“sugarfoot” – black joe lewis & the honeybears (2009)

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What makes great soul music? For fans of the legendary Detroit-based Motown, it might be the pristine production value and star power. Those passionate about horns and southern charm, look no further than Memphis’ very own Stax Records. And, of course, the songwriting talents of Gamble & Huff and lush funk instrumentals helped put Philly soul on the musical map. All soul music is great soul music. Soul music, in its essence, is designed to fill in a hole in the listener; to make one complete. It’s a very intimate experience. Oftentimes, that intimacy can turn animalistic.

Representing Austin and carrying on the rich tradition of Texas funk, Black Joe Lewis & the Honeybears skillfully craft their own brand of fierce and sexually-charged soul music. “Sugarfoot” off their 2009 debut album Tell ‘Em What Your Name Is! is a testament to the energy of Texas funk amongst the contemporary music scene. With an arrangement of dirty, greasy horns, “Sugarfoot” is pure animal lust. Wham! Bam! Thank you, ma’am. No breakfast in the morning.

Lewis counts down the intro as the track opens and the band comes in on the mark without holding any punches. Playing hard and intense backing Lewis’ screaming vocals, the band performs on point without missing a beat. The call and response between Lewis and the Honeybears is gratifying and playful. Controlled and disciplined, the Honeybears know what the listener wants and they’re going to give it to you. You can feel the sweat rolling off the players as they recorded the song.

I’ve seen Black Joe Lewis & the Honeybears perform twice. Both times in Chicago. As great as the band is in the studio, they shine even brighter live. Their energy is astonishing and the experience will leave you exhausted. If you’re new to independent soul music, or if you want to broaden your funk horizon, check out this band.

“ways to be wicked” – lone justice (1985)

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Country is a genre I rarely find myself visiting. It is not as though I never had the opportunity to appreciate it. I don’t have an excuse as to why this is the case. I spent the majority of my life in relatively rural areas where access to country music was nothing less than ample. Funny thing is that a lot of rock music I enjoy borrows from country and, in turn, creates really stellar subgenres. When I hear a song that blends both the rock and country genres seamlessly, I become instantly reminded of what I am missing and the vastness of diversity within contemporary music. Lone Justice’s 1985 single “Ways to Be Wicked” is a great example of when a song does this right.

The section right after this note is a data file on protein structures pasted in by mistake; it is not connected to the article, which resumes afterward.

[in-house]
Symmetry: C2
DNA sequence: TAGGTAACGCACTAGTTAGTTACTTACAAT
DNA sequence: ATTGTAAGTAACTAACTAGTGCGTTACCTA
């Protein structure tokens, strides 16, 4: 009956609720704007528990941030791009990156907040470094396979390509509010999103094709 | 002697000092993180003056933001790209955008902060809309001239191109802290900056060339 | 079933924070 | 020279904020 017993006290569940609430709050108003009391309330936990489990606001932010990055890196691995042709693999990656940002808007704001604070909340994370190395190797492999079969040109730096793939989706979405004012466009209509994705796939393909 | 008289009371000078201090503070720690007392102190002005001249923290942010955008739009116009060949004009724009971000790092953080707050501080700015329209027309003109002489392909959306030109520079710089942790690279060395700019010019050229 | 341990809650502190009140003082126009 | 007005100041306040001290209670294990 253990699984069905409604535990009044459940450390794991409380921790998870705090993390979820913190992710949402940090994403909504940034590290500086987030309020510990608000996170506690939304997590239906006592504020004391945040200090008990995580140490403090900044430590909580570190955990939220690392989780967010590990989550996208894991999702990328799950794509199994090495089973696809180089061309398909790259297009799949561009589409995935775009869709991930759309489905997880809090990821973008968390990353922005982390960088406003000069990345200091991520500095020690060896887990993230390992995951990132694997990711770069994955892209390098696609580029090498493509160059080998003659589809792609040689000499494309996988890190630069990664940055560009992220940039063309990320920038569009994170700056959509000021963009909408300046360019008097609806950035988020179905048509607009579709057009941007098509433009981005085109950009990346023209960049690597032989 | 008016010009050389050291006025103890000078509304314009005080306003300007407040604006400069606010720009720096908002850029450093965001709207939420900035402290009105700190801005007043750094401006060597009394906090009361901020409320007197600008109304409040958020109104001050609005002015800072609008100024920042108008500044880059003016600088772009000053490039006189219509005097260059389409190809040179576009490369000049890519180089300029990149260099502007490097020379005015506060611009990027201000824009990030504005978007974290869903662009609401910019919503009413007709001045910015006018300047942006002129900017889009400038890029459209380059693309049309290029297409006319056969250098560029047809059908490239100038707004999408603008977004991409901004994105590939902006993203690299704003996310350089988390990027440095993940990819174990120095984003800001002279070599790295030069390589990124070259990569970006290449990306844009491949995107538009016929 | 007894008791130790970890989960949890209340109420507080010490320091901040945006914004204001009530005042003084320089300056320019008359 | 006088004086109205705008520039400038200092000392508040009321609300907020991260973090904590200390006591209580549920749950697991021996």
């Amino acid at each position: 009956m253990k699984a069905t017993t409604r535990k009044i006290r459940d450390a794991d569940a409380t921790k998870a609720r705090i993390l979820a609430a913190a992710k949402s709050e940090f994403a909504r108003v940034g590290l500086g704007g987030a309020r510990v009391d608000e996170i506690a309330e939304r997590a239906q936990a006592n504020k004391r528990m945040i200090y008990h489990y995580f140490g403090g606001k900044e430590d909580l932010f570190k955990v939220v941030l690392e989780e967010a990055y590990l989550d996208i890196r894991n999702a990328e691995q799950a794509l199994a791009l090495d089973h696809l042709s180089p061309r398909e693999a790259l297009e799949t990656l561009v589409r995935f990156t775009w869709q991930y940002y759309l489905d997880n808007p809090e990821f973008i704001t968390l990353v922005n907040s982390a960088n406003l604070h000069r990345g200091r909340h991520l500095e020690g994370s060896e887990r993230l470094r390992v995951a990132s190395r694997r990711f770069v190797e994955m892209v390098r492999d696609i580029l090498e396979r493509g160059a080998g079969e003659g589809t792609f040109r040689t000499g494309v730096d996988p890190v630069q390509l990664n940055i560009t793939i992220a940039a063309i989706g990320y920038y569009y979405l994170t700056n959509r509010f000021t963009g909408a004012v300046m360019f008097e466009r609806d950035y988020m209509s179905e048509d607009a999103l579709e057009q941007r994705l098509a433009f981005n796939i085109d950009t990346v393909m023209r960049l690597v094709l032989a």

Lone Justice was a country rock band that formed in the early 1980s and was fronted by Maria McKee. McKee has since moved on with a modestly successful solo career, but I’ve always been drawn to her first musical endeavor leading Lone Justice. Early projects by established musicians are always fascinating to visit because of the genuine intensity of youth and energy that comes from the record. Sure, an artist does grow in a lot of ways while often refining their talents. But, that level of craft can sometimes leave the rawness behind. The first record is a time when a band wants to make a big noise and really fight to be heard. It is seldom matched after that.

The driving force of the song is McKee’s voice and the power of it. She sets up the song singing to a former lover almost as if it were conversation. She is asking this person why they take such pleasure in the pain of a lovelorn McKee. McKee demands answers while accepting that she is powerless to matters of the heart. From there, McKee gains momentum as she is making a stand. She projects louder and further establishing that she is strong enough to handle the emotional manipulation of the situation. But, we’re all human and the heart wants what it wants. It is from that internal conflict where we can really hear McKee’s pain and frustration. There is real authenticity there in struggling to break free. We’ve all been there and McKee’s vocal performance feels real.

I was recently reminded of this song after picking up the album at the CHIRP Record Fair two weeks ago in a box marked “3 LPS for a $1.” I was very excited because the song is such a gem. The backing music is a bit uncharacteristically jaunty and generic, but it does its job well. Life is funny sometimes and the band reflects that in their arrangement. It can be good even when times are hard. Fight through the bullshit but keep your heart lite. There may be so many ways to be wicked, but you can take a little pain and hold it pretty well.